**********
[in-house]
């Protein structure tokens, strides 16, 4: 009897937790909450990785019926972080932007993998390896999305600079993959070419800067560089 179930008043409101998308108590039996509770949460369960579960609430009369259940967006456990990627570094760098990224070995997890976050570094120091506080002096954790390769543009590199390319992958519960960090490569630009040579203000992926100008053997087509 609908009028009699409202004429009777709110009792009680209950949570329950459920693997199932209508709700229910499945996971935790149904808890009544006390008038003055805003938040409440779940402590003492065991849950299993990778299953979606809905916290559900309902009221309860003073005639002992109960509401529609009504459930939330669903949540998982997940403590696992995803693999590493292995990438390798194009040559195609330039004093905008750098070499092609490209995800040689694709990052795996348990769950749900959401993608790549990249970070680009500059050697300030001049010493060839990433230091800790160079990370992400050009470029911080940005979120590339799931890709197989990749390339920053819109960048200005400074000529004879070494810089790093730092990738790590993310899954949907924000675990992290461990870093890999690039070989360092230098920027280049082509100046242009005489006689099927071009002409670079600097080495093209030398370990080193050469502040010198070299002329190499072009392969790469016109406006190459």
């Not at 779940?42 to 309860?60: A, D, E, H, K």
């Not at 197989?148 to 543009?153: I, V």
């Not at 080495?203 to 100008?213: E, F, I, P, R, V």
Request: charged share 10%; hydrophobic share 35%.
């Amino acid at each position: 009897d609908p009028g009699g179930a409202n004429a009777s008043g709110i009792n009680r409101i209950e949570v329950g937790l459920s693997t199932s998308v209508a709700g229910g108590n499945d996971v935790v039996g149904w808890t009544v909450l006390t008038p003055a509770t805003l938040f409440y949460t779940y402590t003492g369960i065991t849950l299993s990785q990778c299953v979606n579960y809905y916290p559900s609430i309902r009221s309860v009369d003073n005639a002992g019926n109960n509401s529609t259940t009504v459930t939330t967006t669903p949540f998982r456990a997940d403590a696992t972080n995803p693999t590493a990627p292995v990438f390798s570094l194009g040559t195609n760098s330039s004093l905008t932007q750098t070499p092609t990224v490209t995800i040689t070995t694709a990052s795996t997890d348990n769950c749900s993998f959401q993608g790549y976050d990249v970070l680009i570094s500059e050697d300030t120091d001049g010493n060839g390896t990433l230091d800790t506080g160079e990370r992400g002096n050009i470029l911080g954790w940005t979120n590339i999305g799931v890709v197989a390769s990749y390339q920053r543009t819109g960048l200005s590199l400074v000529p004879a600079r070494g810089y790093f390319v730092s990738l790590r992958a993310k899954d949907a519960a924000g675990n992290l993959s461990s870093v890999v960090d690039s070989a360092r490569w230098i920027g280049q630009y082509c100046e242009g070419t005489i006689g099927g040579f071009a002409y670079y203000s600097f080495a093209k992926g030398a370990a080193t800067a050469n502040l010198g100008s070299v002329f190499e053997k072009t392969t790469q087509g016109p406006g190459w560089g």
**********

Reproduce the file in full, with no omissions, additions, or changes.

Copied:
[in-house]
């Protein structure tokens, strides 16, 4: 009897937790909450990785019926972080932007993998390896999305600079993959070419800067560089 179930008043409101998308108590039996509770949460369960579960609430009369259940967006456990990627570094760098990224070995997890976050570094120091506080002096954790390769543009590199390319992958519960960090490569630009040579203000992926100008053997087509 609908009028009699409202004429009777709110009792009680209950949570329950459920693997199932209508709700229910499945996971935790149904808890009544006390008038003055805003938040409440779940402590003492065991849950299993990778299953979606809905916290559900309902009221309860003073005639002992109960509401529609009504459930939330669903949540998982997940403590696992995803693999590493292995990438390798194009040559195609330039004093905008750098070499092609490209995800040689694709990052795996348990769950749900959401993608790549990249970070680009500059050697300030001049010493060839990433230091800790160079990370992400050009470029911080940005979120590339799931890709197989990749390339920053819109960048200005400074000529004879070494810089790093730092990738790590993310899954949907924000675990992290461990870093890999690039070989360092230098920027280049082509100046242009005489006689099927071009002409670079600097080495093209030398370990080193050469502040010198070299002329190499072009392969790469016109406006190459």
């Not at 779940?42 to 309860?60: A, D, E, H, K």
């Not at 197989?148 to 543009?153: I, V």
């Not at 080495?203 to 100008?213: E, F, I, P, R, V």
Request: charged share 10%; hydrophobic share 35%.
């Amino acid at each position: 009897d609908p009028g009699g179930a409202n004429a009777s008043g709110i009792n009680r409101i209950e949570v329950g937790l459920s693997t199932s998308v209508a709700g229910g108590n499945d996971v935790v039996g149904w808890t009544v909450l006390t008038p003055a509770t805003l938040f409440y949460t779940y402590t003492g369960i065991t849950l299993s990785q990778c299953v979606n579960y809905y916290p559900s609430i309902r009221s309860v009369d003073n005639a002992g019926n109960n509401s529609t259940t009504v459930t939330t967006t669903p949540f998982r456990a997940d403590a696992t972080n995803p693999t590493a990627p292995v990438f390798s570094l194009g040559t195609n760098s330039s004093l905008t932007q750098t070499p092609t990224v490209t995800i040689t070995t694709a990052s795996t997890d348990n769950c749900s993998f959401q993608g790549y976050d990249v970070l680009i570094s500059e050697d300030t120091d001049g010493n060839g390896t990433l230091d800790t506080g160079e990370r992400g002096n050009i470029l911080g954790w940005t979120n590339i999305g799931v890709v197989a390769s990749y390339q920053r543009t819109g960048l200005s590199l400074v000529p004879a600079r070494g810089y790093f390319v730092s990738l790590r992958a993310k899954d949907a519960a924000g675990n992290l993959s461990s870093v890999v960090d690039s070989a360092r490569w230098i920027g280049q630009y082509c100046e242009g070419t005489i006689g099927g040579f071009a002409y670079y203000s600097f080495a093209k992926g030398a370990a080193t800067a050469n502040l010198g100008s070299v002329f190499e053997k072009t392969t790469q087509g016109p406006g190459w560089g």